“LDS Students Seem to Counter Dropout Trend,” Liahona, July 2008, N4–N5
While an increasing number of teenage students are dropping out of school, according to a report from a U.S. advocacy group for youth, many young Church members are not only staying in school, they are also taking extra classes.
Both secular and religious education have been emphasized in Latter-day Saint doctrine and culture since the Prophet Joseph Smith wrote in the nineteenth century, quoting scripture, “The glory of God is intelligence” (D&C 93:36).
President Henry B. Eyring, First Counselor in the First Presidency, emphasized the link between religious and secular study in a speech to Church educators in 2001.
“Remember, you are interested in education, not just for mortal life but for eternal life. When you see that reality clearly with spiritual sight, you will put spiritual learning first and yet not slight the secular learning. In fact, you will work harder at your secular learning than you would without that spiritual vision,” he said.
This love of spiritual learning by Latter-day Saint youth was documented in another report, the National Study of Youth and Religion, which studied religion among U.S. teens. It described LDS youth as excelling in religious knowledge and devotion in a time when church attendance and religious study among teenagers in general are at an all-time low.
The results of the study have caused many to wonder what it is about Latter-day Saint culture and doctrine that helps parents shape dependable, educated, and well-adjusted young people. Part of the answer is the emphasis on learning in LDS culture, and part involves an important rite of passage for many 14- to 18-year-old Latter-day Saints—graduating from seminary.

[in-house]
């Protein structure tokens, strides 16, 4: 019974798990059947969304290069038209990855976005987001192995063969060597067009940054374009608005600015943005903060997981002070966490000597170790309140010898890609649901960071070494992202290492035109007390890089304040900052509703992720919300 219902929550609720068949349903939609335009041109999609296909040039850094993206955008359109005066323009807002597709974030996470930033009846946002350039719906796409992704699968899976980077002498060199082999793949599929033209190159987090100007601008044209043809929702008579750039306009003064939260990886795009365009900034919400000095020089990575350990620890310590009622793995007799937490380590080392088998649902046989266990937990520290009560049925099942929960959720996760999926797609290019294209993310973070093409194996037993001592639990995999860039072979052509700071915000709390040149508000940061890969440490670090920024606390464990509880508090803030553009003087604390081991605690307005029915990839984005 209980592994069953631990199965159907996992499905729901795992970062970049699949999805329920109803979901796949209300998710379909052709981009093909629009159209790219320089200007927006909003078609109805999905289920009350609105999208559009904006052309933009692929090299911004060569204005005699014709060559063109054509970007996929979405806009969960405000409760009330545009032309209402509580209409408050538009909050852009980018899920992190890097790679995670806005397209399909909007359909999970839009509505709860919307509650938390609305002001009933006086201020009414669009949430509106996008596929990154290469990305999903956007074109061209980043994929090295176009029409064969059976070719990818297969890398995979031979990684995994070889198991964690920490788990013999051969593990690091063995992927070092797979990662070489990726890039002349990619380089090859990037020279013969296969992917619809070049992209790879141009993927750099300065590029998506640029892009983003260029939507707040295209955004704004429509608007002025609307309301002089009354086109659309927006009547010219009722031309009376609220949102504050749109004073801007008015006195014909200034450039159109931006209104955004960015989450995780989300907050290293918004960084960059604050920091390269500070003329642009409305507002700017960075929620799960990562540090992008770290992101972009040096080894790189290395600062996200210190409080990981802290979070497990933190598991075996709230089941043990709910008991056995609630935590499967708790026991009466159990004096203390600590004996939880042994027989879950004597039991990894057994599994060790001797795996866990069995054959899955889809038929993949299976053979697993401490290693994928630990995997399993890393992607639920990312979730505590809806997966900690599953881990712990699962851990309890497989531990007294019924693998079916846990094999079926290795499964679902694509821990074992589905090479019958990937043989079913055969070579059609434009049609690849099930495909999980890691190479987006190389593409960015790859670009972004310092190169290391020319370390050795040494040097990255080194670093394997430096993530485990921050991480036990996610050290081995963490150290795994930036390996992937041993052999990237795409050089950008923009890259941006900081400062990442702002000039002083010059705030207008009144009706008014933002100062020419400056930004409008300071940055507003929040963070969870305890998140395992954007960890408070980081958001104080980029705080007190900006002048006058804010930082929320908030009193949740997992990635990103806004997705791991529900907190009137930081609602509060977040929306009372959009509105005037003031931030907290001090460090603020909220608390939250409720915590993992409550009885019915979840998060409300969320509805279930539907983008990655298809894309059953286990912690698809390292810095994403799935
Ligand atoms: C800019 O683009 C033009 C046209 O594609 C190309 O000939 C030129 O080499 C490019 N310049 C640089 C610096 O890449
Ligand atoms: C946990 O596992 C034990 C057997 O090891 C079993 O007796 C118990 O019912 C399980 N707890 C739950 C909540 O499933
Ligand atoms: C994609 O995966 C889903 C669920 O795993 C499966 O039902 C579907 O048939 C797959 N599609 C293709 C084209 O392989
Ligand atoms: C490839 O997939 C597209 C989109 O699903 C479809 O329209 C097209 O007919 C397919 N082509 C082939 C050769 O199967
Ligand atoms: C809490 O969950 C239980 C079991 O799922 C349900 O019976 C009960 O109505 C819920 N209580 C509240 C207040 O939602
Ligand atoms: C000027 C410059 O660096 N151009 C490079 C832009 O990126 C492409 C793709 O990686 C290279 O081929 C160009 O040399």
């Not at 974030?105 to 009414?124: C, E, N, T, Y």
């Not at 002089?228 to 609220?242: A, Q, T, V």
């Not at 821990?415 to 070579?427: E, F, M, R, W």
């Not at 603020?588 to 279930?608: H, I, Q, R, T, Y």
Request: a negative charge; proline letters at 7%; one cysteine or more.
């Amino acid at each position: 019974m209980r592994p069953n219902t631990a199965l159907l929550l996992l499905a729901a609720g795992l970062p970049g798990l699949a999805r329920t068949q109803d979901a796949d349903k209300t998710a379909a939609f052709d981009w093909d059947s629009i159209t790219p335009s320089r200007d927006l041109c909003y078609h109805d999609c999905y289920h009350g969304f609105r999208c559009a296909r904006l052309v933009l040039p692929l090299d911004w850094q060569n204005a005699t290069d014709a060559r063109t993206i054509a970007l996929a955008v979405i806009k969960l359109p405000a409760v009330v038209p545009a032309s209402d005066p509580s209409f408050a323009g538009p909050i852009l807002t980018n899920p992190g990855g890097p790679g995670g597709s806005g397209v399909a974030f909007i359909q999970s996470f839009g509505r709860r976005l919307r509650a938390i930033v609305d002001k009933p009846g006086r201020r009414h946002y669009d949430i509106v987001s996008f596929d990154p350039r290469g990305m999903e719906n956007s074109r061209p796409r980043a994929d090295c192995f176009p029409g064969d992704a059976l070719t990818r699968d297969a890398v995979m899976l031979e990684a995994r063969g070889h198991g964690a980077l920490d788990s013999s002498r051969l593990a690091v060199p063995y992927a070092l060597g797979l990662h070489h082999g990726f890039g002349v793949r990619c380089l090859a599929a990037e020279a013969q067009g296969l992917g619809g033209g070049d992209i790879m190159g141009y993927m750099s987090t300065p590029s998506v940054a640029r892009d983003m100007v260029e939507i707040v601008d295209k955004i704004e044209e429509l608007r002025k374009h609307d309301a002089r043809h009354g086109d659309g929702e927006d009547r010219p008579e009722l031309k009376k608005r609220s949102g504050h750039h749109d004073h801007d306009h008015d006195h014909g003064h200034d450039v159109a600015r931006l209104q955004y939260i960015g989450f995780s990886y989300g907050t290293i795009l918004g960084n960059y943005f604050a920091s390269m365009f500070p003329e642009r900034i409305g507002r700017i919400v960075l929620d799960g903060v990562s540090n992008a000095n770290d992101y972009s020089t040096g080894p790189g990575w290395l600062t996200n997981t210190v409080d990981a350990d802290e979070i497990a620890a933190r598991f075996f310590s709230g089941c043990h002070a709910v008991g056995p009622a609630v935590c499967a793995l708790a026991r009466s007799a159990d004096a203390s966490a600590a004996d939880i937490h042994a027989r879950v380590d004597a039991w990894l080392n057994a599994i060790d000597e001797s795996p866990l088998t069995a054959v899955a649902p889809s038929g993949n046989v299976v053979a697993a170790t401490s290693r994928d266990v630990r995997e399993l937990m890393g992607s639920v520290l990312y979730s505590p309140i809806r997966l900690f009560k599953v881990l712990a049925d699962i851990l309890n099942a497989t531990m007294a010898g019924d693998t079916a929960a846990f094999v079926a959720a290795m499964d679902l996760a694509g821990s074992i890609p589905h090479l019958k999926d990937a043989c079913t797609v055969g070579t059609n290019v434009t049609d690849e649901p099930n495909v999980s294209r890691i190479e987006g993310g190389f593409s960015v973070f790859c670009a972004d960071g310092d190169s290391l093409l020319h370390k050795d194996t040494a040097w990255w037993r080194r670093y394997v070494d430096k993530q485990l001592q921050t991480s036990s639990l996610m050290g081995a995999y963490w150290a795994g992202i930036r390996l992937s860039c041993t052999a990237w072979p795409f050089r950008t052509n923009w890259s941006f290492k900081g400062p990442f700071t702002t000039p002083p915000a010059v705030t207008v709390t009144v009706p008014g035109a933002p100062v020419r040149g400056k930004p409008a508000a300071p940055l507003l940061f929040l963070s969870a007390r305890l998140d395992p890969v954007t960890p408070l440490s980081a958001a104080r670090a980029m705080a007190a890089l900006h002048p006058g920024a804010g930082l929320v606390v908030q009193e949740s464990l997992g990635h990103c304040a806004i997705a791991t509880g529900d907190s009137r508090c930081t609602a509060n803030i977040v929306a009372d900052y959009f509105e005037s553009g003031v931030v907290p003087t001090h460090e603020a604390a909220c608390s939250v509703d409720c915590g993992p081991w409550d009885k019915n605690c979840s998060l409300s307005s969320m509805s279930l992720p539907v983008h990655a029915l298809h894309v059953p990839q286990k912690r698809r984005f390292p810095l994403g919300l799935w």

For the majority of LDS teens, graduating from seminary requires young people to meet five days a week, generally from about 6:00 a.m. to 7:00 a.m., for four years to study the scriptures and discuss how scriptural principles can be applied in their daily lives. All this happens outside of regular high school classes—though many in the western U.S. are allowed to meet during school hours—and involves approximately 1,056 hours of religious education.
Attending seminary requires a tremendous amount of commitment and sacrifice for students who live in areas where there are not large populations of Latter-day Saints. But consistent self-discipline begins to turn into confidence and character, and it shows in other aspects of these young people’s lives.
One of the reasons for this early-morning dedication comes from the teachings of the Church. President Gordon B. Hinckley (1910–2008), 15th President of the Church, said: “This Church came about as a result of intellectual curiosity. We believe in education, and we spend a substantial part of our budget on the education of our young people. We expect them to think. We expect them to investigate. We expect them to use their minds and dig deeply for knowledge in all fields. If we have a motto, it is this: ‘The glory of God is intelligence.’ ” (Teachings of Gordon B. Hinckley , 127).
More than 360,000 high school students are enrolled in seminary, 211,000 of whom attend in the morning.